Inhabiting your characters

Wednesday, August 20, 2014
Lee Kofman

headshot of Lee Kofman
Lee Kofman

Some time ago I was approached by a writer asking me to mentor her. She was writing a novel set in seventeenth century Spain. I read the synopsis. The story – a young woman has to choose between her sexual desire and becoming a nun (this being the most viable pathway for a woman’s independence at that time) – interested me. The narrative had some original twists. I read several chapters and was impressed by the poetry of the prose. Still, the book wasn’t working.

The problem was the protagonist. She left me cold. Her actions, thoughts and feelings were predictable and generic. She’d become ‘angry’ when someone questioned her monastic vocation or ‘blush with excitement’ upon seeing her love-object. She ‘delighted’ at her sister’s ‘lovely’ singing. She thought it was ‘wrong’ to persecute people in the name of God. I could continue, but surely you already see my point.

When the writer and I met to discuss the novel, I asked her how she conjured up her protagonist. Did she model her on someone she knew? On a mix of several people, perhaps? Was the character her, or at least contain some aspects of her personality? Or was she the result of some unconscious impulses difficult to explain? The writer said it was none of these. She did much research about the situation of women from the upper class, to which her protagonist belonged, in Spain at that time, and tried to make her character seem authentic. The writer admitted that although she did ‘know’ her character – the clothes she wore, the number of her siblings, the prayers she recited – she didn’t actually ‘feel’ her. The problem with that manuscript was something that F. Scott Fitzgerald pinpointed when he said that if a writer begins with an individual, he may end up with a type. But if he begins with a type – as happened to the aforementioned novelist – he’ll end up with nothing.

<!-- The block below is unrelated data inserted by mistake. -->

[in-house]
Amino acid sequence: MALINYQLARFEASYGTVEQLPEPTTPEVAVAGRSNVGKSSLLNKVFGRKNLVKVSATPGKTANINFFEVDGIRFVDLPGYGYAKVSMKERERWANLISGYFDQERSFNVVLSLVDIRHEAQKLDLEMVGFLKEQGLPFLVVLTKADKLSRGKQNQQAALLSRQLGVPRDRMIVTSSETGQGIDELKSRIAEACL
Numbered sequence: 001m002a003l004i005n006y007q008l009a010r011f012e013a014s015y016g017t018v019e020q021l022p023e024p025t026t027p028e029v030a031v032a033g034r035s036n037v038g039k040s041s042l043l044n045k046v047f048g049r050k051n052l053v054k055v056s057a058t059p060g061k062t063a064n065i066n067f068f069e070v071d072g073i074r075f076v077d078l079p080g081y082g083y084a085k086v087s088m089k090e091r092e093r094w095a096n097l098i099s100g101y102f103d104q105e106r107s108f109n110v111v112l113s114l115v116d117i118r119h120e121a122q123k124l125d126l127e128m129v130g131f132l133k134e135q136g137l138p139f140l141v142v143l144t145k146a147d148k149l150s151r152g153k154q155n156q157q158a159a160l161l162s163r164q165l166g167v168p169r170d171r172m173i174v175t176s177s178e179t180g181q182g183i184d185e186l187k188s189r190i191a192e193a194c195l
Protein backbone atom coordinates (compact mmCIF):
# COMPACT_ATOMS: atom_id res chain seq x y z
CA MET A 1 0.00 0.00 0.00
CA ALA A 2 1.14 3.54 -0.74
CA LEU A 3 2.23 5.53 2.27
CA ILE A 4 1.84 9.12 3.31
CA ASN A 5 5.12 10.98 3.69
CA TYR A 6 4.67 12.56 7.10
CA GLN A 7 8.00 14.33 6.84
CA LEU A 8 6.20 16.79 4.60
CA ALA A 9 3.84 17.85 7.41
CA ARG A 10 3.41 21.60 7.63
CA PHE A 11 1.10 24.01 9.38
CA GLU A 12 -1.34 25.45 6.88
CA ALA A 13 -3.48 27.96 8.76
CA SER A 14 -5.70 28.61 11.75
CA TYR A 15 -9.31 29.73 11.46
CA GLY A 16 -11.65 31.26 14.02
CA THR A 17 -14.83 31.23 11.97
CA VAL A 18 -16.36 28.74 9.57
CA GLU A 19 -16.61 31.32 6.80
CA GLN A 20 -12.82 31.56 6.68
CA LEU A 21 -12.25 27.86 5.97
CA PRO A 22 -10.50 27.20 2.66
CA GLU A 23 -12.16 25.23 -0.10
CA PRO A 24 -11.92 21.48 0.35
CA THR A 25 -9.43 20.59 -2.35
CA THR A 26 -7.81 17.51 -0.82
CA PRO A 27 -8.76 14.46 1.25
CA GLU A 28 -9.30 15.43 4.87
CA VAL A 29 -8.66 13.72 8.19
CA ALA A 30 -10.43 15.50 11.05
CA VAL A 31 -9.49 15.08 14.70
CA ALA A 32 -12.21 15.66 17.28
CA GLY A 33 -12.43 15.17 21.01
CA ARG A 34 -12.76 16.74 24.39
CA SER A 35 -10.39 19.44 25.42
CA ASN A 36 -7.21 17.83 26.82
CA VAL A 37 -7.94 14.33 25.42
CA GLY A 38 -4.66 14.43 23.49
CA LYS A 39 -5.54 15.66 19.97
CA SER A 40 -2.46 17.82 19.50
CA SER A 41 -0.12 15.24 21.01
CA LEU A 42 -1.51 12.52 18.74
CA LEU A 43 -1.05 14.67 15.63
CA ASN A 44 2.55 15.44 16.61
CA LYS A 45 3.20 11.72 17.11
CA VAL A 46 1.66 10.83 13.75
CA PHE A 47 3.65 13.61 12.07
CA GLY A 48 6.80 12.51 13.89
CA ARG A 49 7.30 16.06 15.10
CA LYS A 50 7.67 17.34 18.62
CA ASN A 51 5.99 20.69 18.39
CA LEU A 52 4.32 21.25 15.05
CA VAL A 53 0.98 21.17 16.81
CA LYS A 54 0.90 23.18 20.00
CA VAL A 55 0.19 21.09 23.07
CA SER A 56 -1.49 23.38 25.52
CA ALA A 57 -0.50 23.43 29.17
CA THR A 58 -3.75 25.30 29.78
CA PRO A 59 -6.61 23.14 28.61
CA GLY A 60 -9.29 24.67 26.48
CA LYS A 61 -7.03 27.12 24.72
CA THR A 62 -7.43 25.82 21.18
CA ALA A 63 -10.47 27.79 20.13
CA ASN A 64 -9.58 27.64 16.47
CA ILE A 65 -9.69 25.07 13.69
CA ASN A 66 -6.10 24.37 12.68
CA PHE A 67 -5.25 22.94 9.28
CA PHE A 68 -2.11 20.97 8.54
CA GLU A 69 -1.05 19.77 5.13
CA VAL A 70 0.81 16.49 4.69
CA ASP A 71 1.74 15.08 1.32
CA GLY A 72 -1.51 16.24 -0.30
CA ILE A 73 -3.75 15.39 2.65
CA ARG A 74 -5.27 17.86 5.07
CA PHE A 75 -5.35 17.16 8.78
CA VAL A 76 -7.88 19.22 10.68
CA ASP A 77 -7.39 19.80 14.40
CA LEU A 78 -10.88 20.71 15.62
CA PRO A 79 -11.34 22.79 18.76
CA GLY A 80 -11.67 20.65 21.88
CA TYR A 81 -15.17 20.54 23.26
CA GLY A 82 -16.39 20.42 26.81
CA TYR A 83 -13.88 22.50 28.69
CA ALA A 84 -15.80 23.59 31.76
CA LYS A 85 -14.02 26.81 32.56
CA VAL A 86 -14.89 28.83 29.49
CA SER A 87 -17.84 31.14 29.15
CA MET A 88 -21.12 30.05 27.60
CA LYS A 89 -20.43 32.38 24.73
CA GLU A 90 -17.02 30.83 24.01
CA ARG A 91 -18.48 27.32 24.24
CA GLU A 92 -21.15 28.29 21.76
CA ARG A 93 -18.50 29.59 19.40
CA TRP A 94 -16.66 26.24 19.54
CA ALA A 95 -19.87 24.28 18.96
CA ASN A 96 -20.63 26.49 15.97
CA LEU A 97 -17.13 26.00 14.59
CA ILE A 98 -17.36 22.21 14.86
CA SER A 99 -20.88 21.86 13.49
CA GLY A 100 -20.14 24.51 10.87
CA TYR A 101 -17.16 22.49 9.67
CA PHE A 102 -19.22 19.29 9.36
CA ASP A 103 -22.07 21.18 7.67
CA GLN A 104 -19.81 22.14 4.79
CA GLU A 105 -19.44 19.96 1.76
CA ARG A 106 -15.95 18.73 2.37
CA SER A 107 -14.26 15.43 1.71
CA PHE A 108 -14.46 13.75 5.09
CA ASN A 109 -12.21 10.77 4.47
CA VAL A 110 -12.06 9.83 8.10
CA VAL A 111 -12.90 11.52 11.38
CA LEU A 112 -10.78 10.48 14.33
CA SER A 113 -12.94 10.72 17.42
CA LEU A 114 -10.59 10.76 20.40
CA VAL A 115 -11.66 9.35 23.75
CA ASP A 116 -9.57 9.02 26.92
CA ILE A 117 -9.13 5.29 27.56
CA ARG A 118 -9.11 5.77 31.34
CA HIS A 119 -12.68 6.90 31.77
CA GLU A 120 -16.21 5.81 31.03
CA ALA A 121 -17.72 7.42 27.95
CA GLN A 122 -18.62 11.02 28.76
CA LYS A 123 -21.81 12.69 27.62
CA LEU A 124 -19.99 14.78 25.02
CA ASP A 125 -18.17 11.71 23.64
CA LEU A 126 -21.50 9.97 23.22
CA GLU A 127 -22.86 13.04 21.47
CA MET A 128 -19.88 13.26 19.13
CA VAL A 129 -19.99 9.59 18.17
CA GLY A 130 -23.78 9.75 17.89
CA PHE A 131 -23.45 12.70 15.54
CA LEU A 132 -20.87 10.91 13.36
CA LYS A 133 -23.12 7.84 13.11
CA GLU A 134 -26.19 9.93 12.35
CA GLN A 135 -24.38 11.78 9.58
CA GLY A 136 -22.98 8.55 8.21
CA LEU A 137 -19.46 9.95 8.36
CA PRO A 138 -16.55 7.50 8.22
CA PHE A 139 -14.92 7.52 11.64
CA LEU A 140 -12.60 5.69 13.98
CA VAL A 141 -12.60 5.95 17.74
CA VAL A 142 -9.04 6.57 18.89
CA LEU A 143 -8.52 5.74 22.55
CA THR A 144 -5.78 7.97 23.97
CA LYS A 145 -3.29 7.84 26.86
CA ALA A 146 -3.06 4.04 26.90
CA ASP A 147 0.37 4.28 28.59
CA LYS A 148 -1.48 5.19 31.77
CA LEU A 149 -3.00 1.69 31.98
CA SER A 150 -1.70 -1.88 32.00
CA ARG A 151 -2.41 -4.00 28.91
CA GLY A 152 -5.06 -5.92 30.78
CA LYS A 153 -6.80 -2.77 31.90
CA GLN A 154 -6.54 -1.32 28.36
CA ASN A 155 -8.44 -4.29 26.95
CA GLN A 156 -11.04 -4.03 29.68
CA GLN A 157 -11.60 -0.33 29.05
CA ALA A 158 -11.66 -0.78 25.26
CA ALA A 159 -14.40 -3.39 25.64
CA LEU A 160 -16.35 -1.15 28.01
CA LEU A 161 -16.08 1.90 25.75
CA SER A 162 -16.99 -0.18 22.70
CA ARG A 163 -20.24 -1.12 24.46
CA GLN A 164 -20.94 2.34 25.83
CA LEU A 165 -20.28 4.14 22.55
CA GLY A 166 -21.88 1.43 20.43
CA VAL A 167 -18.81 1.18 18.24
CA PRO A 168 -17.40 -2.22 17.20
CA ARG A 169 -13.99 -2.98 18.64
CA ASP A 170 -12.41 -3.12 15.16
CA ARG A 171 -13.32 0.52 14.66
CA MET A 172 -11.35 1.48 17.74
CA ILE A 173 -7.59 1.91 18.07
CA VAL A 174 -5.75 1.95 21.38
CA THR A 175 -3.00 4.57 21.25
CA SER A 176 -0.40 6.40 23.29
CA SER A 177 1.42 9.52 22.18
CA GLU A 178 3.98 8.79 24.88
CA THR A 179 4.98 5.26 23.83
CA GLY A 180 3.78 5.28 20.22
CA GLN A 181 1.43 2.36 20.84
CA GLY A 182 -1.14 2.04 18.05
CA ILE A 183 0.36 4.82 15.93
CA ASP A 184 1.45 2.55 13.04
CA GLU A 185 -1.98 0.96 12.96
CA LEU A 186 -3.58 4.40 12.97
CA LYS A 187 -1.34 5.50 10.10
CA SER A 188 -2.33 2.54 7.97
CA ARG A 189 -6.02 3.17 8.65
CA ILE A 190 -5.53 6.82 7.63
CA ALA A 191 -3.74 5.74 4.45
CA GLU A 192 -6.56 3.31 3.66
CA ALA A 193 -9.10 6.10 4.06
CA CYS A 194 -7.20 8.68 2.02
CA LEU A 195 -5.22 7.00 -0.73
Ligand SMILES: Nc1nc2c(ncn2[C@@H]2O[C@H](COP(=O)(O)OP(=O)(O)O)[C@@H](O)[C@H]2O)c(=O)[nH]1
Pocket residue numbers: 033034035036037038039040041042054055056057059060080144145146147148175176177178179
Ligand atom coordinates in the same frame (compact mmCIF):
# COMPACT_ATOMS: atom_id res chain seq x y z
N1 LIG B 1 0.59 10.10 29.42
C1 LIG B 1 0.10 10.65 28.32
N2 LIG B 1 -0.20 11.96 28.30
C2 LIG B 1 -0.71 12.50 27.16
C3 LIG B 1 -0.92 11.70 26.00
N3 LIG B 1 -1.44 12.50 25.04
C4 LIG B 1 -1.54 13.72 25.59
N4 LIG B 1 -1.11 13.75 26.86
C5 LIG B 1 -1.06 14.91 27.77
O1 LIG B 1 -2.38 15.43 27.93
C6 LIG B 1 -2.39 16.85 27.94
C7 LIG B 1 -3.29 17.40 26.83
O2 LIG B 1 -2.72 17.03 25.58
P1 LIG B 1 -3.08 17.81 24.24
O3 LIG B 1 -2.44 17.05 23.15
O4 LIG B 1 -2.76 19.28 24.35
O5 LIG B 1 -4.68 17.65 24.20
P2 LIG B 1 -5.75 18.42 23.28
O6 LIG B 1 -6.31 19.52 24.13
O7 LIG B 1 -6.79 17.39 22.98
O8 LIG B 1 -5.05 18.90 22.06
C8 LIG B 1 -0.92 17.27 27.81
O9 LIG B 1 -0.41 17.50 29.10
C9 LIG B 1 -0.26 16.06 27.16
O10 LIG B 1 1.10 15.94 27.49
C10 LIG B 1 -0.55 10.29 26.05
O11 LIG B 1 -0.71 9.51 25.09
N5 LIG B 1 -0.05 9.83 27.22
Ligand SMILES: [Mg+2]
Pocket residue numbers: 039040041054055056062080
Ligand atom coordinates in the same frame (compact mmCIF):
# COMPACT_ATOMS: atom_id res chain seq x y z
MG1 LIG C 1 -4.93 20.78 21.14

I also have a history of beginning with types. One of the fatal flaws of a novel about Russian migrants in Australia which I failed to write and which I mentioned in some of my previous posts, was that I was writing case studies instead of characters. My character sketches often looked like this: Slavik is a New Russian, a recent migrant, and therefore his way of thinking is not representative of the previous generations of migrants…